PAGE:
A while back, I wrote about migrating a static site to Microsoft Azure. Since then, Azure has matured their Static Web Apps offering, which is intended to be a more or less turnkey way to get a simple JAM stack web application up and running. The potential benefits are many: it’s free tier is more than sufficient for hosting the required traffic for my blog, it offers out-of-the-box (public) staging environments, and it integrates seamlessly with Github actions without any need to muck with Docker images or CLI commands. The service also provides you with free SSL certificates.
Before I go further, let me run down what’s needed to host a static site “by hand”:
- A Storage Account configured to host a static website;
- Front Door and/or a CDN to enable TLS and to prevent DDoS from running up your serving costs;
- A Key Vault to manage your SSL certificate;
- Custom domains configured in the CDN endpoint;
- A Log Analytics workspace;
- An externally-purchased SSL certificate;
- A DNS Zone (optionally);
- CI/CD configured to build and deploy using the Azure CLI.
Azure Static Web Apps gives you all of this out of the box, including automatic detection of your static site generator based on your repository structure. This is really convenient and extremely simple to get set up. Azure Static Web Apps gives you:
- Simple routing and reverse-proxy capabilities;
- Zero-configuration CDN;
- Free SSL certificates with zero management overhead;
- Free custom domains (you have to purchase the domain name itself but you can hook them up with no added charge);
- Basic logging and monitoring;
- Automatic Github actions CI/CD integration;
- Free staging environment;
After poking around with it, I found it quite easy indeed to get my static site up and running on Azure’s Static Web Apps service. However, there was a huge missing feature that meant I need to keep hosting the site the hard way. Namely, the Static Web Apps service doesn’t expose a storage layer, so if you want to directly host any files, there’s no clear way to upload them. Even the Github actions obscures this process. This means that only items built in CI will be deployed, which means you have to somehow version control large files, such as photos.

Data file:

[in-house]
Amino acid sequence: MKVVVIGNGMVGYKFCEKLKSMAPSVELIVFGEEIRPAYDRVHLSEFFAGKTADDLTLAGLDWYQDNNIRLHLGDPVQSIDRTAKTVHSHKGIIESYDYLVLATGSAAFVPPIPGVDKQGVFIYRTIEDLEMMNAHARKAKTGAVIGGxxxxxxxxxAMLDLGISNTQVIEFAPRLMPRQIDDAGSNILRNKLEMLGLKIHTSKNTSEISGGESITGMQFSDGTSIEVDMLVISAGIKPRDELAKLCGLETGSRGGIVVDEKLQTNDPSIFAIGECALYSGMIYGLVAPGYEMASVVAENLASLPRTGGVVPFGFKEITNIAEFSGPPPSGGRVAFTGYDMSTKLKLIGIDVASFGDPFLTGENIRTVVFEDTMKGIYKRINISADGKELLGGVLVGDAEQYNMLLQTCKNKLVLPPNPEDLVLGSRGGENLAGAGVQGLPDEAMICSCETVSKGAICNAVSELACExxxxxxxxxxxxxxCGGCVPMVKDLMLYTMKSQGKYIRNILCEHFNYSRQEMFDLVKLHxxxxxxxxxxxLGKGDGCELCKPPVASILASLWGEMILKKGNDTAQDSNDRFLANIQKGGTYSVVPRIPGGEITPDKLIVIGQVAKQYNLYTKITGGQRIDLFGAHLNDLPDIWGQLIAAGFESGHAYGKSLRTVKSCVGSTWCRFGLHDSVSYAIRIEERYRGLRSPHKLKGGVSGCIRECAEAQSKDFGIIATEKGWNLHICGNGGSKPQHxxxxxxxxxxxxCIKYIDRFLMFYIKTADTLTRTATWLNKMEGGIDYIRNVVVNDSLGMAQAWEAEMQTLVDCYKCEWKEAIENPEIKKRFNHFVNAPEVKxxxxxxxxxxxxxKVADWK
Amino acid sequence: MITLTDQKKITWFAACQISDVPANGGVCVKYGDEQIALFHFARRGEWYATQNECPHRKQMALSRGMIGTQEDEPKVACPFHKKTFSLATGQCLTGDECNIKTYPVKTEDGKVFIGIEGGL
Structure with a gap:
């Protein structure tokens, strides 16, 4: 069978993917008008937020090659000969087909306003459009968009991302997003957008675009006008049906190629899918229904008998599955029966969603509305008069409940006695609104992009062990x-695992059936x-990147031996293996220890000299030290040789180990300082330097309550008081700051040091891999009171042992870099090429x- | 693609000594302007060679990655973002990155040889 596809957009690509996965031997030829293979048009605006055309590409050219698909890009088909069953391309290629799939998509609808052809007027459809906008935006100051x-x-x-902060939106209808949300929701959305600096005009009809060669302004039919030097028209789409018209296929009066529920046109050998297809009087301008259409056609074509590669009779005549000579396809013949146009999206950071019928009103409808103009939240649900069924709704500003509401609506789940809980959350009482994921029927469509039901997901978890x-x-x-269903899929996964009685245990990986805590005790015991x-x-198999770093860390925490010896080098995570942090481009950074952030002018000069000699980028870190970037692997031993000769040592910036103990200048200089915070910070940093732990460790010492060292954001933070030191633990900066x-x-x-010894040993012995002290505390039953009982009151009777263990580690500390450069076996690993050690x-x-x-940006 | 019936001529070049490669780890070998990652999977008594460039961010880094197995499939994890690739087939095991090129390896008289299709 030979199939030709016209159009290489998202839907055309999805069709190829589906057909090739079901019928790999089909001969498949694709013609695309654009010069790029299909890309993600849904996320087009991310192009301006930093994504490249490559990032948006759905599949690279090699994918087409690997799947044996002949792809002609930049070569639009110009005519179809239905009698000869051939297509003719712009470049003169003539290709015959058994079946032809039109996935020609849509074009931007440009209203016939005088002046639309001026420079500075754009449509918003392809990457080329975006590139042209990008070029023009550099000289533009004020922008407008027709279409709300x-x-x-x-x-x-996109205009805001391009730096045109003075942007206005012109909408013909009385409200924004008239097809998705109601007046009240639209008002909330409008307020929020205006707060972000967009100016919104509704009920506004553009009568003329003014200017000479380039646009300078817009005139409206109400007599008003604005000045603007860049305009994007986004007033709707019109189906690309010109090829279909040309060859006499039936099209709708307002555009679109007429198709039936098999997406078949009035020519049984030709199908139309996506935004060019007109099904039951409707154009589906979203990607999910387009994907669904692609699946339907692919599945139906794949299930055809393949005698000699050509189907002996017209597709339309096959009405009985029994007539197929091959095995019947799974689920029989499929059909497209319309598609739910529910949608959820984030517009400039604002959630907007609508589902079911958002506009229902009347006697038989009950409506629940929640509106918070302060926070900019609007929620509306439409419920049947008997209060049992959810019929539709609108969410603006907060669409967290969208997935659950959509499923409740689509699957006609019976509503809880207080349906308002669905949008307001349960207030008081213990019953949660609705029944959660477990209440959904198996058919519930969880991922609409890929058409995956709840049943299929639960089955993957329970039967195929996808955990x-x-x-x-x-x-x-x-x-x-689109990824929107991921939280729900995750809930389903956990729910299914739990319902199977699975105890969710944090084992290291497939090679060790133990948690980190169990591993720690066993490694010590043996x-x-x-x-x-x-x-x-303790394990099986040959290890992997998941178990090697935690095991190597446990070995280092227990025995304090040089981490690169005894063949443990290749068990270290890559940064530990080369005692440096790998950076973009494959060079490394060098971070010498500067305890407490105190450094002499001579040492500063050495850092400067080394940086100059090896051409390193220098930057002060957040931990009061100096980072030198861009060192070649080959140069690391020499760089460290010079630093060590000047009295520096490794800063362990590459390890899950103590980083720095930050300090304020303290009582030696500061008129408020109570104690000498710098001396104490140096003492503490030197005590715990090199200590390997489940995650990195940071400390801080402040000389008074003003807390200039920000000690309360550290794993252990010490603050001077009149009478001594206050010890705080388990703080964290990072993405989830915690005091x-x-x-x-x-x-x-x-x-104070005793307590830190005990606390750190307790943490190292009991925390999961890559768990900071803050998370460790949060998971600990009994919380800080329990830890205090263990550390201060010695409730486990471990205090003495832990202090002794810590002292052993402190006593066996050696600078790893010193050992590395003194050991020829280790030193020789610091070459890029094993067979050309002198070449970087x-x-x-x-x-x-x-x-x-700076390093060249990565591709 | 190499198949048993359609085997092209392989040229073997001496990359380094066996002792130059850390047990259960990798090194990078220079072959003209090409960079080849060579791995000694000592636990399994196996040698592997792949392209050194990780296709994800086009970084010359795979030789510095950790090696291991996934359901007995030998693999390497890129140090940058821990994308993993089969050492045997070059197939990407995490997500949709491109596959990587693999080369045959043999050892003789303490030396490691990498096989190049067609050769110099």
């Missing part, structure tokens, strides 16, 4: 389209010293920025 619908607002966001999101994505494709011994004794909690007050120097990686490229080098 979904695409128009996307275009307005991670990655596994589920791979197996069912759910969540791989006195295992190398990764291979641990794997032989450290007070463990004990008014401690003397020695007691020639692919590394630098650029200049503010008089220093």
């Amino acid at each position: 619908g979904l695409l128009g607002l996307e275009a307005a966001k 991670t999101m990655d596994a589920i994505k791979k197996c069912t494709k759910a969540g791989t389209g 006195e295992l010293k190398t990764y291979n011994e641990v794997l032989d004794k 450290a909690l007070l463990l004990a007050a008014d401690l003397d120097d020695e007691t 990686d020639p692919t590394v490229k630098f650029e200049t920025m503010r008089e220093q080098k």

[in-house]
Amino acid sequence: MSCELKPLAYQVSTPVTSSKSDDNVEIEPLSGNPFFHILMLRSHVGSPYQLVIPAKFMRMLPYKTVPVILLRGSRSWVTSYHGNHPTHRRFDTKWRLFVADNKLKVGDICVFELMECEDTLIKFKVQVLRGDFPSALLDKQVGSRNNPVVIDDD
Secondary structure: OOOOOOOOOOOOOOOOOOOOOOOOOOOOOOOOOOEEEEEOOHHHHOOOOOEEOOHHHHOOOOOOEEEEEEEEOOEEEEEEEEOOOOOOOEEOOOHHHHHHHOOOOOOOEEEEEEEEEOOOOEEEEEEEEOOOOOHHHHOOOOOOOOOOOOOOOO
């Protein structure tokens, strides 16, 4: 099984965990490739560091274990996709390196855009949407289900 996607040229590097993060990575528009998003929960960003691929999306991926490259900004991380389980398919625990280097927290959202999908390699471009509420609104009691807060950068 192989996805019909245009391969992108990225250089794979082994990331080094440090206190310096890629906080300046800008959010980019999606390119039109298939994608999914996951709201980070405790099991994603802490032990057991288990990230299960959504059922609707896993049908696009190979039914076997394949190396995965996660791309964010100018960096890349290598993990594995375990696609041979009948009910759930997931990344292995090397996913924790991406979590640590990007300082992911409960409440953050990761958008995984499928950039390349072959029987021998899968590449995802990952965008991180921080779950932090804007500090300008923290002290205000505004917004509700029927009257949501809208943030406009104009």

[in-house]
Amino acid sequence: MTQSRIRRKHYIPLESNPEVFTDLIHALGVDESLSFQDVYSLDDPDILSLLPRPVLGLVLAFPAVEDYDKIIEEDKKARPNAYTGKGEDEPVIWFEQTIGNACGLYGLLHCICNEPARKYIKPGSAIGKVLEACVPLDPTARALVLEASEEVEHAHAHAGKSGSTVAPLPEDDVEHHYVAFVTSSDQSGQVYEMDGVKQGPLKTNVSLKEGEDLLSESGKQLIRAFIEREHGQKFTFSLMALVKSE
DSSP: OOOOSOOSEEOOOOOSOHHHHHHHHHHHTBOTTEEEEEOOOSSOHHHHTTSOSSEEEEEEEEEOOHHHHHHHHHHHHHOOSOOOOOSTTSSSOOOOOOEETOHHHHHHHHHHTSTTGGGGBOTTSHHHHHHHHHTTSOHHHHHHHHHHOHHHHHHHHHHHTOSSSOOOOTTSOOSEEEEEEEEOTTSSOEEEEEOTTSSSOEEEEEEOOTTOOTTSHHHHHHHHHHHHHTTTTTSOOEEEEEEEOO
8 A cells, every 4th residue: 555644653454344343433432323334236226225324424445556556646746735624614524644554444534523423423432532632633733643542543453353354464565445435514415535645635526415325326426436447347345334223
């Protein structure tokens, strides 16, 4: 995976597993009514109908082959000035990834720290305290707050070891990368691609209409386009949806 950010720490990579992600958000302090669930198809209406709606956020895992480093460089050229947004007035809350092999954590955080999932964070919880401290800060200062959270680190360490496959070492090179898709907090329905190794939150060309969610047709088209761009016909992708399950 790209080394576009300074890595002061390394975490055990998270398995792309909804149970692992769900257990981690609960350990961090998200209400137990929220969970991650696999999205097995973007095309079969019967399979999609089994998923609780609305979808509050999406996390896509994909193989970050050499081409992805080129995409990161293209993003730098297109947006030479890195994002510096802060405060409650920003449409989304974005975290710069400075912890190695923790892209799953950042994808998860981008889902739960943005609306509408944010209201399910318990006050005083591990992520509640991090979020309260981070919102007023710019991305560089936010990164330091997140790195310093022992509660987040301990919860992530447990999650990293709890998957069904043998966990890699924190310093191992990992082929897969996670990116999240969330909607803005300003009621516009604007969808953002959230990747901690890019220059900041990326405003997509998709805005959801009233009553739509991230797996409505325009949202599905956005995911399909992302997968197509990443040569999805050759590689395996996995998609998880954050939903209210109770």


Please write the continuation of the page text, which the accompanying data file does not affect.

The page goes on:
Moreover, the routing isn’t advanced enough to do stateful matching, meaning that even if I wanted to create my own storage solution for hosting my images, I couldn’t perform an automatic redirect to, for instance, a
photos.emilygorcenski.com subdomain. It just wasn’t possible using the routing rules as they were documented.
These are two huge weaknesses, in my opinion. The Static Web Apps solution gets you up and running quickly, but there are a bunch of use cases I can think of where being able to host large files like photos, videos, or PDFs would get quickly out-of-hand if you tried integrating them with version control. Even git LFS has a fairly low limit. Another disadvantage is that the staging environment is public, unless you opt for the paid version, in which case you can implement password protection.
Configuring all the services by hand, or with Terraform, is a lot of work. Especially if you want to set up multiple environments, which is a huge pain in the ass. But many of the services you’ll end up configuring, like Key Vault, will be useful if you want to extend your application to include other services. This makes it easier to change the architecture of your setup later on. Static Web Apps does so much for you and hides so much machinery under the hood that it makes it much more difficult to transition off later.
Considering that it only takes a couple extra days to configure the services by hand, I’d say that unless you only expect very simple use-cases, your best bet is still to configure the site by hand. Altogether, my setup only costs me about $4 monthly and I have a lot more control for that cost. For very simple sites, Static Web Apps is the clear winner. But with even a little added complexity, setting up your own infrastructure is worth it in the end.